After a four-week trial, a jury ruled in favor of the government finding that Tuomey Healthcare System inappropriately compensated 19 specialists and concurrently submitted over $39 million in fraudulent Medicare claims. The decision is based on a whistleblower lawsuit filed in 2005 by a physician who had been negotiating to join the other 19 specialists in employment with Tuomey.
The basis for the government’s case revolved around Stark violations, citing that the compensation arrangement between Tuomey and the physicians took into account the amount of referrals the physicians would generate for Tuomey. The government also successfully argued that since Tuomey knowingly violated Stark Law, all of the Medicare claims were fraudulent and thus they were also in violation of the False Claims Act.
A portion of Tuomey’s defense centered on following the advice of legal counsel when establishing the contracts. The government argued that while this is a valid defense, Tuomey had fired an outside attorney with an opposing view of the physician contracts in late 2005 and thus they were “opinion shopping.”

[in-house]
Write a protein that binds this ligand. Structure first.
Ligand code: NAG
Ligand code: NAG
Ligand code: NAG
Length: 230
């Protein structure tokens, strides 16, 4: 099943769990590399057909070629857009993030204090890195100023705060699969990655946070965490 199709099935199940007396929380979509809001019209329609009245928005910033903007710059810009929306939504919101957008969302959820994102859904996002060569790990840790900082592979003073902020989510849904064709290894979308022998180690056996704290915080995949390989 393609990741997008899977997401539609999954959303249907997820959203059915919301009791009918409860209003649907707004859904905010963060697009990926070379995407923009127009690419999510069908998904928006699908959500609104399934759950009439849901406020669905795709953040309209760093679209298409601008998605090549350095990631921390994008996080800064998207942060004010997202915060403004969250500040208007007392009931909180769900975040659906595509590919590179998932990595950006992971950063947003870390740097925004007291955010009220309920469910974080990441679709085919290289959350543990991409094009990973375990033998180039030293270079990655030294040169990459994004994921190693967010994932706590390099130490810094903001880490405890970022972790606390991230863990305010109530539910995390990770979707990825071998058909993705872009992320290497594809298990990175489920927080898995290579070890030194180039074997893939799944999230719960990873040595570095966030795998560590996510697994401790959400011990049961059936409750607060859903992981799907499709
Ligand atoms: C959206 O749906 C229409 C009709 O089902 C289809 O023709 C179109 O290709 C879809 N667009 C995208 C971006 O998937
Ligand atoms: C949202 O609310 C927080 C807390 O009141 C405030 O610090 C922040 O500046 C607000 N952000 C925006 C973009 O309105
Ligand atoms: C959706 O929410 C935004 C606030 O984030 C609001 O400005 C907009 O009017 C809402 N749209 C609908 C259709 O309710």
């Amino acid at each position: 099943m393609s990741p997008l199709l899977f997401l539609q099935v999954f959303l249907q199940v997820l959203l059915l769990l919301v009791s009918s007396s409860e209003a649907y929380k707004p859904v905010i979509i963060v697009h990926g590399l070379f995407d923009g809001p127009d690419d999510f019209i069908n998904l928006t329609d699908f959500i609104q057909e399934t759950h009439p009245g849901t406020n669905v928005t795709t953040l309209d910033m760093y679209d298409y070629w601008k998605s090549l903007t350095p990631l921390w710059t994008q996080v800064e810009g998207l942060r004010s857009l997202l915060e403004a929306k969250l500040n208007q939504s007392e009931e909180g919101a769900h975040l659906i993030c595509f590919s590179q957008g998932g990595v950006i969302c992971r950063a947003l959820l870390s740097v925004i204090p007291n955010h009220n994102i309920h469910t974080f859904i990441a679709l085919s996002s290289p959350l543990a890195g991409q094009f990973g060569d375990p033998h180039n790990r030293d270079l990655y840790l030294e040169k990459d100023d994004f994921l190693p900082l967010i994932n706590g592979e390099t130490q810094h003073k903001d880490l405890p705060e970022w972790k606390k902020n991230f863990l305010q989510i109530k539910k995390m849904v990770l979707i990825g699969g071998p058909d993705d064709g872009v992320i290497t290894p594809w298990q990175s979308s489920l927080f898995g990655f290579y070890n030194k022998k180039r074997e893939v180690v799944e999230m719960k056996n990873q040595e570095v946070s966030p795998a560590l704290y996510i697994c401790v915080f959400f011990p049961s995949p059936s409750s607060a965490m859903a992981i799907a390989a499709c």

Tuomey was found to have submitted 21,730 Medicare claims during the period that violated the False Claims Act. The Sumter, South Carolina-based hospital could face a potential liability in excess of $350 million. Tuomey has 28 days from the verdict to appeal the case.
The Tuomey verdict shows just how important establishing a compliant fair market value compensation plan is when exploring arrangements and that the fair market value be scrutinized by a qualified independent party.
For more information on Stark compliant fair market value, and/or physician compensation arrangements, please contact Aaron Brezko, a manager in Katz, Sapper & Miller’s Healthcare Resources Group at 317.805.2380 or firstname.lastname@example.org.